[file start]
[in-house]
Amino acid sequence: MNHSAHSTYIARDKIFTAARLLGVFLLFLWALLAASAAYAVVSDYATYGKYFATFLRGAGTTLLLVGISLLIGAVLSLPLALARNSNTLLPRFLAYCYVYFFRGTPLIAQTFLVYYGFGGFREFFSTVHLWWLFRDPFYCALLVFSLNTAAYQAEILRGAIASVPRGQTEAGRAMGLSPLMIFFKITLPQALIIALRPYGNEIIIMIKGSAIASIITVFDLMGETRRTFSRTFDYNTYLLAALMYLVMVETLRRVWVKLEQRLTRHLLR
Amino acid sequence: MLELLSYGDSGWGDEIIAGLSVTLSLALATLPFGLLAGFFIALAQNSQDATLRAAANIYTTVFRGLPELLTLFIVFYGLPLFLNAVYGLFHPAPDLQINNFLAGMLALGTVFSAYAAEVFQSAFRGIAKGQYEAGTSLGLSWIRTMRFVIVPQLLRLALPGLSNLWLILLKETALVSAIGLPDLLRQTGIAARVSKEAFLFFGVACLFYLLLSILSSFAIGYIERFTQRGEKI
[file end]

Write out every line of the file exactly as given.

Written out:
[in-house]
Amino acid sequence: MNHSAHSTYIARDKIFTAARLLGVFLLFLWALLAASAAYAVVSDYATYGKYFATFLRGAGTTLLLVGISLLIGAVLSLPLALARNSNTLLPRFLAYCYVYFFRGTPLIAQTFLVYYGFGGFREFFSTVHLWWLFRDPFYCALLVFSLNTAAYQAEILRGAIASVPRGQTEAGRAMGLSPLMIFFKITLPQALIIALRPYGNEIIIMIKGSAIASIITVFDLMGETRRTFSRTFDYNTYLLAALMYLVMVETLRRVWVKLEQRLTRHLLR
Amino acid sequence: MLELLSYGDSGWGDEIIAGLSVTLSLALATLPFGLLAGFFIALAQNSQDATLRAAANIYTTVFRGLPELLTLFIVFYGLPLFLNAVYGLFHPAPDLQINNFLAGMLALGTVFSAYAAEVFQSAFRGIAKGQYEAGTSLGLSWIRTMRFVIVPQLLRLALPGLSNLWLILLKETALVSAIGLPDLLRQTGIAARVSKEAFLFFGVACLFYLLLSILSSFAIGYIERFTQRGEKI